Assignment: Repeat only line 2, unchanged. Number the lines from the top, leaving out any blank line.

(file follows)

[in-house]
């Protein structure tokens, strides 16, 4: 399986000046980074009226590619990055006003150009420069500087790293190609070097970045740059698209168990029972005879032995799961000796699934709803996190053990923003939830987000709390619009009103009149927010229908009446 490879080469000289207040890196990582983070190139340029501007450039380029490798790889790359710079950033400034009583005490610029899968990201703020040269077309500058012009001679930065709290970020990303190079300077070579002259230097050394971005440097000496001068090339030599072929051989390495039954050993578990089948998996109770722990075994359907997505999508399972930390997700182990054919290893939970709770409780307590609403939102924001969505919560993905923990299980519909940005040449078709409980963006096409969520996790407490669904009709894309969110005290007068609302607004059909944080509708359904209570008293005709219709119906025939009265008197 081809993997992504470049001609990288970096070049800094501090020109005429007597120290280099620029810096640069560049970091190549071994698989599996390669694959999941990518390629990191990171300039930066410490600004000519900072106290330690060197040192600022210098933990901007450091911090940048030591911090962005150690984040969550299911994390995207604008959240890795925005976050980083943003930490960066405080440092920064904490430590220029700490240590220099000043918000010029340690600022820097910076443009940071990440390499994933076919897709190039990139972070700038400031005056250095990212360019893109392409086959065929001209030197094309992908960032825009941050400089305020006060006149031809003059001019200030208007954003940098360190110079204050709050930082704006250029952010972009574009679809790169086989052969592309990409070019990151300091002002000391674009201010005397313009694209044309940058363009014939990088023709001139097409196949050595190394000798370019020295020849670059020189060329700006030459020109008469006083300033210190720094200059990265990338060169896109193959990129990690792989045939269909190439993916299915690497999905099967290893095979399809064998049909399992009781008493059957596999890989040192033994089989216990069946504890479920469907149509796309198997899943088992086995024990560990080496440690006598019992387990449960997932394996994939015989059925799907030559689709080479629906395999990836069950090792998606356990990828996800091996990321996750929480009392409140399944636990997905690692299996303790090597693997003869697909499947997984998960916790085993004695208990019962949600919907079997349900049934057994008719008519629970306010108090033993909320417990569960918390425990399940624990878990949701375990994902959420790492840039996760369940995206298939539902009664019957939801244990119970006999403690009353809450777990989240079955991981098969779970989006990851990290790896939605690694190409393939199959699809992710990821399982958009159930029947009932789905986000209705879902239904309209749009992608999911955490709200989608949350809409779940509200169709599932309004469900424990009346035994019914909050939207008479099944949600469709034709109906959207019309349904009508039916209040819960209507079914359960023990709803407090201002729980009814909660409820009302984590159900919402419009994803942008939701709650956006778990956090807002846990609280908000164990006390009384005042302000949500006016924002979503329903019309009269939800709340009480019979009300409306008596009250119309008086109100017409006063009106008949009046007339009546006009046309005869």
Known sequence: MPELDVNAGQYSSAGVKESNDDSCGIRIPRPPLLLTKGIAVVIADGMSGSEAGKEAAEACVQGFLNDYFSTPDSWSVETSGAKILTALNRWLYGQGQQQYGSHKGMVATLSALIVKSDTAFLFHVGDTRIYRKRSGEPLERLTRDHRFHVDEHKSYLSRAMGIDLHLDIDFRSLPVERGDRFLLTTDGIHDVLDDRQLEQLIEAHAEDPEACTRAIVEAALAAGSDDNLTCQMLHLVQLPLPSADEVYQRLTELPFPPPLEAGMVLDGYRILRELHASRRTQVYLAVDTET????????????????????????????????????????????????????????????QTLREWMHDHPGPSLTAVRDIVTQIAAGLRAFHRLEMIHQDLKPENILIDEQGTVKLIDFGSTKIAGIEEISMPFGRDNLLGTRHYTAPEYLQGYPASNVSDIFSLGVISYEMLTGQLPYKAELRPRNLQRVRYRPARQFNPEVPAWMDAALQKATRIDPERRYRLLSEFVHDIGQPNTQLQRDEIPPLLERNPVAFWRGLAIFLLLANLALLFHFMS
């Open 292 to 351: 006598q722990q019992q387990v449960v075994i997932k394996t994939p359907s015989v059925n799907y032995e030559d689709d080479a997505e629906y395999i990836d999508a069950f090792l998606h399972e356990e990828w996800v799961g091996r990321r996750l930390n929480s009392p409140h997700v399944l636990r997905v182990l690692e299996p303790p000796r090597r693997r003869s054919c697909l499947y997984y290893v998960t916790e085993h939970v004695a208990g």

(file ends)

């Protein structure tokens, strides 16, 4: 399986000046980074009226590619990055006003150009420069500087790293190609070097970045740059698209168990029972005879032995799961000796699934709803996190053990923003939830987000709390619009009103009149927010229908009446 490879080469000289207040890196990582983070190139340029501007450039380029490798790889790359710079950033400034009583005490610029899968990201703020040269077309500058012009001679930065709290970020990303190079300077070579002259230097050394971005440097000496001068090339030599072929051989390495039954050993578990089948998996109770722990075994359907997505999508399972930390997700182990054919290893939970709770409780307590609403939102924001969505919560993905923990299980519909940005040449078709409980963006096409969520996790407490669904009709894309969110005290007068609302607004059909944080509708359904209570008293005709219709119906025939009265008197 081809993997992504470049001609990288970096070049800094501090020109005429007597120290280099620029810096640069560049970091190549071994698989599996390669694959999941990518390629990191990171300039930066410490600004000519900072106290330690060197040192600022210098933990901007450091911090940048030591911090962005150690984040969550299911994390995207604008959240890795925005976050980083943003930490960066405080440092920064904490430590220029700490240590220099000043918000010029340690600022820097910076443009940071990440390499994933076919897709190039990139972070700038400031005056250095990212360019893109392409086959065929001209030197094309992908960032825009941050400089305020006060006149031809003059001019200030208007954003940098360190110079204050709050930082704006250029952010972009574009679809790169086989052969592309990409070019990151300091002002000391674009201010005397313009694209044309940058363009014939990088023709001139097409196949050595190394000798370019020295020849670059020189060329700006030459020109008469006083300033210190720094200059990265990338060169896109193959990129990690792989045939269909190439993916299915690497999905099967290893095979399809064998049909399992009781008493059957596999890989040192033994089989216990069946504890479920469907149509796309198997899943088992086995024990560990080496440690006598019992387990449960997932394996994939015989059925799907030559689709080479629906395999990836069950090792998606356990990828996800091996990321996750929480009392409140399944636990997905690692299996303790090597693997003869697909499947997984998960916790085993004695208990019962949600919907079997349900049934057994008719008519629970306010108090033993909320417990569960918390425990399940624990878990949701375990994902959420790492840039996760369940995206298939539902009664019957939801244990119970006999403690009353809450777990989240079955991981098969779970989006990851990290790896939605690694190409393939199959699809992710990821399982958009159930029947009932789905986000209705879902239904309209749009992608999911955490709200989608949350809409779940509200169709599932309004469900424990009346035994019914909050939207008479099944949600469709034709109906959207019309349904009508039916209040819960209507079914359960023990709803407090201002729980009814909660409820009302984590159900919402419009994803942008939701709650956006778990956090807002846990609280908000164990006390009384005042302000949500006016924002979503329903019309009269939800709340009480019979009300409306008596009250119309008086109100017409006063009106008949009046007339009546006009046309005869």